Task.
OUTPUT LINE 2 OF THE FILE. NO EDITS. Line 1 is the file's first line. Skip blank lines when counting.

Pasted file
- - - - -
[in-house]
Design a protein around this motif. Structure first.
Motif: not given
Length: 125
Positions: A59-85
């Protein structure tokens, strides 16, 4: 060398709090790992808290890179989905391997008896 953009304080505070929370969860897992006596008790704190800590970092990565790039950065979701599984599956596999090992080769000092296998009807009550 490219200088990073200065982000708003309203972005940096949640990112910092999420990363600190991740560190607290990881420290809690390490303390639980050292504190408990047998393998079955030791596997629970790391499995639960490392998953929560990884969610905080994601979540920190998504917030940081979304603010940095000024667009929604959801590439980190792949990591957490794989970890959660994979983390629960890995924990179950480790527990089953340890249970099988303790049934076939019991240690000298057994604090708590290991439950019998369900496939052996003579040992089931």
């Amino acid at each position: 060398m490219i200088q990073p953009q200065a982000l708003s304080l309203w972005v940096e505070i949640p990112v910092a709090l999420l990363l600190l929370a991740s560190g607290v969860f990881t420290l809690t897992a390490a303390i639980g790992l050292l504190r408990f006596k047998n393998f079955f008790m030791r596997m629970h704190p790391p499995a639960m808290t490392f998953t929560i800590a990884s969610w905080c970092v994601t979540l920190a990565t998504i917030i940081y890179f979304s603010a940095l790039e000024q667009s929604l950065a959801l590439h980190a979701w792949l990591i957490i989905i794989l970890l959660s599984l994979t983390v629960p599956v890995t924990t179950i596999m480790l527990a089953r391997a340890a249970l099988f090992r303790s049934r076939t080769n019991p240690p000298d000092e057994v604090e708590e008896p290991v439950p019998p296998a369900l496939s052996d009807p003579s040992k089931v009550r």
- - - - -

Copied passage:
Design a protein around this motif. Structure first.